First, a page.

Review: Oishii Kankei
And so, I have returned. I was originally going to insert a corny Code Geass reference here, but I think most of my Twitter followers are kind of tired of my corniness…
To celebrate my return, I am FINALLY doing that post I kept telling you I was going to do. That’s right. Today is the day my Oishii Kankei review is released for the whole world to see.
More after the cut.
(This is, without a doubt, the longest post I’ve ever posted on this blog. EVER. Don’t say I didn’t warn you when you all say “TL;DR” to me in the comments. thx guyz.)
Summary: Growing up, Fujiwara Momoe loved to eat, and was always treated to gourmet meals by her affluent parents. After her father’s death, Momoe and her mother find themselves in an unstable financial situation, and Momoe is forced to support the both of them, without any of the delicious food she once enjoyed (she can’t cook to save her life). One day, she walks into a small French restaurant, and after falling in love with the food, asks to work their under head chef Oda Keiji. The story then begins to follow Momoe’s journey and professional growth within the culinary world, and her own personal growth as a result. Will Momoe be able to overcome the shortcomings she possesses by being the product of doting parents and learn to assert her independence?
I’ll be honest – I’ve been thinking about and trying to finish this review for well over a month now. While some of the reasons for my delay do stem from genuine procrastination, a lot of it was due to the fact that I just couldn’t find the right words to describe my thoughts about this manga. I would start off on one tangent, and then think that my analysis wasn’t deep or meaningful enough, and I would get delayed again…
(If I look at the editing history, I actually started this on AUGUST 16TH. And I’m finishing this NOW. This should give you some indication of how long this entry is going to be. This is longer than most essays I write at uni, actually. Although I don’t know how accurate a depiction that is of my academic career…OTL)
However! Here’s one thought that hasn’t changed throughout the passing of years: Gosh, I love this manga SO much!
When I first started reading this a few years ago, retro manga was really not my thing at all – back in my early days of reading shoujo manga, I vehemently refused to read anything published prior to 2005. Immature, I know. To this day, I really don’t know what made me try this manga. I guess you could say that I basically picked this up on a whim, like almost everything I end up reading and seriously enjoying. Note to readers: don’t be afraid to try new things!
I just love so many things about this manga, I don’t know where to start. Rather than starting with character analysis like I normally do, I want to begin with one of the defining moments of the manga, at least for me.
My all-time favourite moments of this manga – and in manga in general – occurs in Chapter 7. In it, Momoe’s mother remarks that it’s very easy for a wife who does all the cooking to kill her husband. Basically, by gradually increasing the fat, salt and sugar in the food the husband consumes, he will gradually become accustomed to it, and will be victim to heart disease and other heart conditions; there is no real way for such methods to be prosecuted by the justice system, since “strongly seasoning” someone’s food to the point of death isn’t really a crime.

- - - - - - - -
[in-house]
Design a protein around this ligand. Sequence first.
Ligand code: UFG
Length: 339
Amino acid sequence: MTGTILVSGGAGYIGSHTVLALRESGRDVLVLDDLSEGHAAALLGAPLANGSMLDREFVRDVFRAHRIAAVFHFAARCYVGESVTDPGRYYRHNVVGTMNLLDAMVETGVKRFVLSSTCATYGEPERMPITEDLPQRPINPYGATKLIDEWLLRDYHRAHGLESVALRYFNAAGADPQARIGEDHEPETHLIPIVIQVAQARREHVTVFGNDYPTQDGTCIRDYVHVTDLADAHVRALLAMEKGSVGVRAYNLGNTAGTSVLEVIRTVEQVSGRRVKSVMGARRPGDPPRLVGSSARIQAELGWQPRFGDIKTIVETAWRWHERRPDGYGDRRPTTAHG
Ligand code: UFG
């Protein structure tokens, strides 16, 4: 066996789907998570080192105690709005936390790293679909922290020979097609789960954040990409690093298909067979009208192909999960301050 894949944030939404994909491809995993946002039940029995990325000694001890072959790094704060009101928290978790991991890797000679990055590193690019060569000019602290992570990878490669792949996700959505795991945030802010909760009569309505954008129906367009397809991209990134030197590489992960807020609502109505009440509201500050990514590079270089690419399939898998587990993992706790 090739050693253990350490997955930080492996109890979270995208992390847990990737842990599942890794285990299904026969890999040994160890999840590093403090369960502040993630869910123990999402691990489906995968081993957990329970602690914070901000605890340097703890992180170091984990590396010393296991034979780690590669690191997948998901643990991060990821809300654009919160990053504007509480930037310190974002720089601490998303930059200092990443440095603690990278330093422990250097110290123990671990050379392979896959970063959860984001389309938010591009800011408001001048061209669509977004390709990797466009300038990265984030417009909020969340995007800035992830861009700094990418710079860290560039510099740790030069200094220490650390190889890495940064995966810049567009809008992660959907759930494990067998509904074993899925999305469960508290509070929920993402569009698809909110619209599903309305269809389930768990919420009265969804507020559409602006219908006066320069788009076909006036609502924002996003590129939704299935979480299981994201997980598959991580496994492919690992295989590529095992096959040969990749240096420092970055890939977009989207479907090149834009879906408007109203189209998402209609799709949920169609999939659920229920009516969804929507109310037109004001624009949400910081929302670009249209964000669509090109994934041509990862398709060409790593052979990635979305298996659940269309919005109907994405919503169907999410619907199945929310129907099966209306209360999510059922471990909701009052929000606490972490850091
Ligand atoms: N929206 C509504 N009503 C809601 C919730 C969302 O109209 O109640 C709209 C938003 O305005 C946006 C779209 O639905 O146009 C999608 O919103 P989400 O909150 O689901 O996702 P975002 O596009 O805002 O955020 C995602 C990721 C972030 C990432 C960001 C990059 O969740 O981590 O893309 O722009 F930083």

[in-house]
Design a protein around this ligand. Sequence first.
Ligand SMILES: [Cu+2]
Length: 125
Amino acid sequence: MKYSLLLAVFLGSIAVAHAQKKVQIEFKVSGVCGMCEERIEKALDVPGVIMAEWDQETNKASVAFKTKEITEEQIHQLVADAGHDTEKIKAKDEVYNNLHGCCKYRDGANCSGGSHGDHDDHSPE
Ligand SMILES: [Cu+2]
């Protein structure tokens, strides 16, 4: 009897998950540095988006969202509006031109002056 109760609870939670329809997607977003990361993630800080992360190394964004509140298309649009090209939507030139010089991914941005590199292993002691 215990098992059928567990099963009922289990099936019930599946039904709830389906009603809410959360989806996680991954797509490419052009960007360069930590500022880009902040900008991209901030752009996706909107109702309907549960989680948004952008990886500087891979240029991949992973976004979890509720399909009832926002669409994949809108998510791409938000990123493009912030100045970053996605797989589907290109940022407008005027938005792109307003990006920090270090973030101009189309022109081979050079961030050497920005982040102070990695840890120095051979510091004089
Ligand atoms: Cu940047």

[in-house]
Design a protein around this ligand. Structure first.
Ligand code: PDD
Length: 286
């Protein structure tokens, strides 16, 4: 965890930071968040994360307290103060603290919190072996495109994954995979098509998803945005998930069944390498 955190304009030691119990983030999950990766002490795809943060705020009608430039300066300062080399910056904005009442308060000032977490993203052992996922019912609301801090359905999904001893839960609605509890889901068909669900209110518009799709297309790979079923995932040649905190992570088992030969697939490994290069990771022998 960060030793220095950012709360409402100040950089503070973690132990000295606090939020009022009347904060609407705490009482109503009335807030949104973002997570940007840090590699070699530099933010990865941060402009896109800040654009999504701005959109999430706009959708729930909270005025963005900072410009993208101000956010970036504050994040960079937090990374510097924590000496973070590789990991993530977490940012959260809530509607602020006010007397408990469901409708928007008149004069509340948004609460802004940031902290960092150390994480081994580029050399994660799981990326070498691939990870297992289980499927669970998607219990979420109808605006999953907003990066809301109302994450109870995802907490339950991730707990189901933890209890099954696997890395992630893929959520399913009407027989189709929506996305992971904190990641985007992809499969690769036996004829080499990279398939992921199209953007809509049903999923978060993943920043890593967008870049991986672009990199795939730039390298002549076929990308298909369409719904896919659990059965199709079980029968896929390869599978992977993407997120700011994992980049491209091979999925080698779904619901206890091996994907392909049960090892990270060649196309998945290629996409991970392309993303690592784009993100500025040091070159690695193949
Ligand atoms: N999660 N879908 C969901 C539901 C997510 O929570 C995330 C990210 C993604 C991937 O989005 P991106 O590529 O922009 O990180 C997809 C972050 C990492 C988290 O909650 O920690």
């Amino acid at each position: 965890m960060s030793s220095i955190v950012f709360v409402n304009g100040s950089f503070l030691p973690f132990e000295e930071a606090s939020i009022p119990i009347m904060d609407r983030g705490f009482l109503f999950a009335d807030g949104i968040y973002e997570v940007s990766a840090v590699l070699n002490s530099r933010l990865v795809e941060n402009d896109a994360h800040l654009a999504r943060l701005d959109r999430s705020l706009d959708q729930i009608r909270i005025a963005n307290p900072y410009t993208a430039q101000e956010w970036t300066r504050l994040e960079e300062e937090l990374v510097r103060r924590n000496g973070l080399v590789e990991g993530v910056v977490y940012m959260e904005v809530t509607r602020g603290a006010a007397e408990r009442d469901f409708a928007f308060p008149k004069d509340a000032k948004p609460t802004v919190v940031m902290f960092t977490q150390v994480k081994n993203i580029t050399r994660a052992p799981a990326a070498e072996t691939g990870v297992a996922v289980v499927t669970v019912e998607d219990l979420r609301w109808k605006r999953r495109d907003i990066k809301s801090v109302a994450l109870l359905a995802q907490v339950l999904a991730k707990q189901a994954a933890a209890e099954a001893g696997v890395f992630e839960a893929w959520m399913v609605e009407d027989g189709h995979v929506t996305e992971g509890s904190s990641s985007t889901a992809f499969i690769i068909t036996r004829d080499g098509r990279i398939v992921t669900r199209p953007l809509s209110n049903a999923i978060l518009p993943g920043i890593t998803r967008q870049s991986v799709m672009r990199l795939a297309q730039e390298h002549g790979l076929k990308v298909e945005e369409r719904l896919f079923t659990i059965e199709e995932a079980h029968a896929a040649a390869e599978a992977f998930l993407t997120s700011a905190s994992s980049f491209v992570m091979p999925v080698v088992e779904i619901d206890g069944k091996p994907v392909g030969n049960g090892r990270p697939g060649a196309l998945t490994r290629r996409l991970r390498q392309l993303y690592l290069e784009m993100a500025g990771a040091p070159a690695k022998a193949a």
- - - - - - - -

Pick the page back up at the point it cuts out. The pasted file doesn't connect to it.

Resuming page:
I feel like this is a moment that a lot of readers would gloss over, and I can understand why. I mean, it’s not a groundbreaking plot development, or anything. But it’s just that for me, Oishii Kankei up to that point had been a lot about Momoe’s lack of domestic abilities, and now her mother (who is generally portrayed as a very traditional-values woman) acknowledges this power that women have over their husbands. Even after reading this manga years ago, that part of the series has always stuck so strongly with me. Maybe it’s because I had never had any reason to think of such a notion before, or perhaps it’s the fact that that moment demonstrates a thoughtfulness that a lot of manga I was reading at the time didn’t have. (Then again, I was reading a lot of shoujo, in comparison to josei manga like Oishii Kankei, so that probably explains that. But I digress.)
One of the features that makes this manga one of my favourites is its cast. Every single character of the main ensemble feels like a REAL PERSON, which isn’t something I say if I don’t mean it. Granted, I do say that characters feel “believable” or “relatable” in other reviews, but there’s a strong sense of realism that I sense from the characters in Oishii Kankei that really sets it apart from the pack.
While the cast may not be large, I’m going to put the majority of my focus on the three characters I thought were the most interesting. Rest assured that the other characters I’m not going to mention (Kaoru, etc.) are all just as interesting, but I don’t want this post to finish at 2000 words.